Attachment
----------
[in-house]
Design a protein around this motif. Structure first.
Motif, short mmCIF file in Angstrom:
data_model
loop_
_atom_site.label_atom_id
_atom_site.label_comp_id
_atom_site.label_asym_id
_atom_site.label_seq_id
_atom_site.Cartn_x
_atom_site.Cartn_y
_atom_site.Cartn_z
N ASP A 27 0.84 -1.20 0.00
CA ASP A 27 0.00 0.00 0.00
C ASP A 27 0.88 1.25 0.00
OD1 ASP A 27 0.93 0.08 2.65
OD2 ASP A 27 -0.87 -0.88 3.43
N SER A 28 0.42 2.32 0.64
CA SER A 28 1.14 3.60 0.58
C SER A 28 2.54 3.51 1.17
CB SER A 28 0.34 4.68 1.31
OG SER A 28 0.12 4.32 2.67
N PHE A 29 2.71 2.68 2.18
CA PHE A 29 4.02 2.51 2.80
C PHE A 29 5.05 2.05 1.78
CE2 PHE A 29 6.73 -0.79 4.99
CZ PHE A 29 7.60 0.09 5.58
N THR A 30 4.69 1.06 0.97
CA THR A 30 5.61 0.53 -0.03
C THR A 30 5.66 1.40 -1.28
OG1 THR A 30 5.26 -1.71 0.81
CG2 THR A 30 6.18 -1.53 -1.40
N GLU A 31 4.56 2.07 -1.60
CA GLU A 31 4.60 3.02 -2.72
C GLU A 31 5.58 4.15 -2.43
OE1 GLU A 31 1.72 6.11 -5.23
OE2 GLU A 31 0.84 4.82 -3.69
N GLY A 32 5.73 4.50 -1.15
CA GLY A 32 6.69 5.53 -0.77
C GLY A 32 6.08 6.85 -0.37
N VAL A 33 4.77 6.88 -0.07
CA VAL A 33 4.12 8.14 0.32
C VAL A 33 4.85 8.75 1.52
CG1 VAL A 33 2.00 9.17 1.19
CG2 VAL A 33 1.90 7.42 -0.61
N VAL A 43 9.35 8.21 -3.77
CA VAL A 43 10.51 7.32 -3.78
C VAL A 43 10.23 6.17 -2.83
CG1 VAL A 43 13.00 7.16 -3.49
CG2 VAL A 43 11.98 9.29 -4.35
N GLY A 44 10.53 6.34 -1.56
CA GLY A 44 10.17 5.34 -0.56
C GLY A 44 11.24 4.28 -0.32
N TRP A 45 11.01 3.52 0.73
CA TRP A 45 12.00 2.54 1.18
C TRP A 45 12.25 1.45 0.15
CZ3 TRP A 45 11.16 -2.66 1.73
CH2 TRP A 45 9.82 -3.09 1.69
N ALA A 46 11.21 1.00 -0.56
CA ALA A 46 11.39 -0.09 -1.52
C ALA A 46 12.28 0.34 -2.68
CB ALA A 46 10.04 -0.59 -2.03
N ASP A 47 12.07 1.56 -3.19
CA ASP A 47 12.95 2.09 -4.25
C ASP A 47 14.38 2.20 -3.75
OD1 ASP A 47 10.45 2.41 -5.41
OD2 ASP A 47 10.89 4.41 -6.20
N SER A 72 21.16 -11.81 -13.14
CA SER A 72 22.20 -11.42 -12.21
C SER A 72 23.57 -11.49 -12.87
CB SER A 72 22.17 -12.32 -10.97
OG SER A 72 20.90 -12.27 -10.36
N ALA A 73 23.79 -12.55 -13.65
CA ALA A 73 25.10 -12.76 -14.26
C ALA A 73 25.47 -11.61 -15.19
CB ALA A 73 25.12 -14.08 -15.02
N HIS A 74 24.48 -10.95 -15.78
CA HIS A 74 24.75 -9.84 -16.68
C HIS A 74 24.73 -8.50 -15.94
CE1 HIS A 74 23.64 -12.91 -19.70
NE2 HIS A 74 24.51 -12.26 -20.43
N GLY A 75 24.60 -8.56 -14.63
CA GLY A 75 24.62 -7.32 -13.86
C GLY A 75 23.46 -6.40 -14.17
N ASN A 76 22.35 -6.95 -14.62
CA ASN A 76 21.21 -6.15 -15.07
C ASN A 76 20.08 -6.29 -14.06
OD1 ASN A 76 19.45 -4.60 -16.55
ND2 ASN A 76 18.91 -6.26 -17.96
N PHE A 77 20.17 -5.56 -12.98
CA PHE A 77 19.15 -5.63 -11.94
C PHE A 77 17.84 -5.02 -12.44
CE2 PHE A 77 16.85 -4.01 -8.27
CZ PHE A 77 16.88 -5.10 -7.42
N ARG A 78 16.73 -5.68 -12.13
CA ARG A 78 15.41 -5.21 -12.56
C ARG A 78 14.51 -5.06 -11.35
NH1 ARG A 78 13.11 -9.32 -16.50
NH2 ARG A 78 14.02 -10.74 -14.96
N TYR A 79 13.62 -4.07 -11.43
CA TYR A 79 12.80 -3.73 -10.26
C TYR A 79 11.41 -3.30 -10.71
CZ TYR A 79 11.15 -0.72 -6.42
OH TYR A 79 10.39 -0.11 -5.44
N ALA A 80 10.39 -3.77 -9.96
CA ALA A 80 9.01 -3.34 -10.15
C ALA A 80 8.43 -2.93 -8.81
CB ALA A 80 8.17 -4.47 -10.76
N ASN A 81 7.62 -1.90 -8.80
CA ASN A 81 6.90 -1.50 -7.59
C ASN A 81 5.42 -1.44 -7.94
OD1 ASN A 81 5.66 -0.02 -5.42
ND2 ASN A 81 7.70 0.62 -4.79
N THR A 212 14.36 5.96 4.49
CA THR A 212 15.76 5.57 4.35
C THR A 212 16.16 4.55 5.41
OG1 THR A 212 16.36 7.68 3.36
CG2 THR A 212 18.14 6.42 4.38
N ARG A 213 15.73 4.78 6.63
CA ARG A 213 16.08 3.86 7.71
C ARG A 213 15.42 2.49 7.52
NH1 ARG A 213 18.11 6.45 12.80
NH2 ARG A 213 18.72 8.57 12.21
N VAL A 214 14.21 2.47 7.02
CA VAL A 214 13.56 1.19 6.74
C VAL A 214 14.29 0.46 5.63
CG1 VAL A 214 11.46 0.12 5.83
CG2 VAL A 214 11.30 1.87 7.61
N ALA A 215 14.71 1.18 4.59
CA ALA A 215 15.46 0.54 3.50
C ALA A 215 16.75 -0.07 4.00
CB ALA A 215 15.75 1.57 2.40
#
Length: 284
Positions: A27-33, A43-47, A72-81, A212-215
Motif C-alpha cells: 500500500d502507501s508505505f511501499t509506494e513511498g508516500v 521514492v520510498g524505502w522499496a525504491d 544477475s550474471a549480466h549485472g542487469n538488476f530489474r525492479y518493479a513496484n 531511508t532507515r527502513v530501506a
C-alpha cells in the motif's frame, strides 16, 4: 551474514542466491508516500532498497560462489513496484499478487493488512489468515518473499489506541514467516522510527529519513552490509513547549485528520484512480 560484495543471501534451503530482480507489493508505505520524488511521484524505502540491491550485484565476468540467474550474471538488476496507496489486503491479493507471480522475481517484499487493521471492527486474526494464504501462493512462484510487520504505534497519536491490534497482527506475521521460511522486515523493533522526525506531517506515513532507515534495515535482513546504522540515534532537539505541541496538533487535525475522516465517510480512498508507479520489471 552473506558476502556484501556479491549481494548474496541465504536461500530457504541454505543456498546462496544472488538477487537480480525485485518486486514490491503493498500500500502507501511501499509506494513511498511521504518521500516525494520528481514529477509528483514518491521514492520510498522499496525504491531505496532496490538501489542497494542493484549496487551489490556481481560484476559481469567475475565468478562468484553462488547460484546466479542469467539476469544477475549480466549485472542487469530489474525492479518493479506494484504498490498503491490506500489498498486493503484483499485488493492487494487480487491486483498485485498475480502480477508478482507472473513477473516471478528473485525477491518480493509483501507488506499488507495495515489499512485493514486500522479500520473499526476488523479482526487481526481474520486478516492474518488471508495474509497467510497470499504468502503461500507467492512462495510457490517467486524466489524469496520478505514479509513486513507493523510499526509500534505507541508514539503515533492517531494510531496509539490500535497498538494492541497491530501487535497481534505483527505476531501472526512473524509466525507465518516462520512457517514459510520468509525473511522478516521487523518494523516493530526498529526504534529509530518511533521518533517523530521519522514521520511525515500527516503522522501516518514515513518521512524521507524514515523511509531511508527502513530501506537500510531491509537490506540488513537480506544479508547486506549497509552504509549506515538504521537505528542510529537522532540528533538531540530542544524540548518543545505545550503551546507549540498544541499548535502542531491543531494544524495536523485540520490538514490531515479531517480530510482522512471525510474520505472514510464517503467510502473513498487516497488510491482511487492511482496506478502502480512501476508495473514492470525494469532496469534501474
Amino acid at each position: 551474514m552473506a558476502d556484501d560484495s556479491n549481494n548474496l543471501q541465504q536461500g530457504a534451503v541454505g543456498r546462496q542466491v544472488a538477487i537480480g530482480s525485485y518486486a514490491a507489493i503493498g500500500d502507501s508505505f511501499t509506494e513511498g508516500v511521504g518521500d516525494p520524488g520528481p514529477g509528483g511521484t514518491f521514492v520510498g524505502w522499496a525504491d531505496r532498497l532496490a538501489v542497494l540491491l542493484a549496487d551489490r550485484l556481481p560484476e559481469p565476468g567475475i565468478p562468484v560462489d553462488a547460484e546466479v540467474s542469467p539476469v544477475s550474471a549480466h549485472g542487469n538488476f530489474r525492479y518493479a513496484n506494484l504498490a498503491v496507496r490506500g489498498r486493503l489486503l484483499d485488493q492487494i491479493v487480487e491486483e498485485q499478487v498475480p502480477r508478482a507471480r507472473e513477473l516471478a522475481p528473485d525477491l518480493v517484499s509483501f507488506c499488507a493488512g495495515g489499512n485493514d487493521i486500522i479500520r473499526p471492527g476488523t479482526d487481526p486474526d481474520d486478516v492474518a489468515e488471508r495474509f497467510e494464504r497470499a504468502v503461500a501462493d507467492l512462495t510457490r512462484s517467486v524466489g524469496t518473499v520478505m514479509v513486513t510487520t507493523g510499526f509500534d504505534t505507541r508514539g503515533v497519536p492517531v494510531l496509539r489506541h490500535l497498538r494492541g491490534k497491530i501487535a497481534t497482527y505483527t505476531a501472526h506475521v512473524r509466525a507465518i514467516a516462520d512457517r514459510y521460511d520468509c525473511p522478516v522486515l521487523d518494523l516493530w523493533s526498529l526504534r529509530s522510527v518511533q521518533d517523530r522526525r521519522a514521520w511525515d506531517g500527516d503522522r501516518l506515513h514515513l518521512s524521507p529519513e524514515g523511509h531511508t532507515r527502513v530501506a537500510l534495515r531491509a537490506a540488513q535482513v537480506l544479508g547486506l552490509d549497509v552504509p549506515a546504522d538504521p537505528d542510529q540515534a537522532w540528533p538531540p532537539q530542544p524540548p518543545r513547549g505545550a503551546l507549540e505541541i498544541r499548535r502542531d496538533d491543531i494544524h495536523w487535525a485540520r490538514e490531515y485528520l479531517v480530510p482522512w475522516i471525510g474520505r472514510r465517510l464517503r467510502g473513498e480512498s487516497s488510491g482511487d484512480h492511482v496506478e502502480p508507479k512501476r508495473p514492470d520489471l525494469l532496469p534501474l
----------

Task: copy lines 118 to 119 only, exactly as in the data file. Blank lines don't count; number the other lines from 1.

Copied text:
CG2 THR A 212 18.14 6.42 4.38
N ARG A 213 15.73 4.78 6.63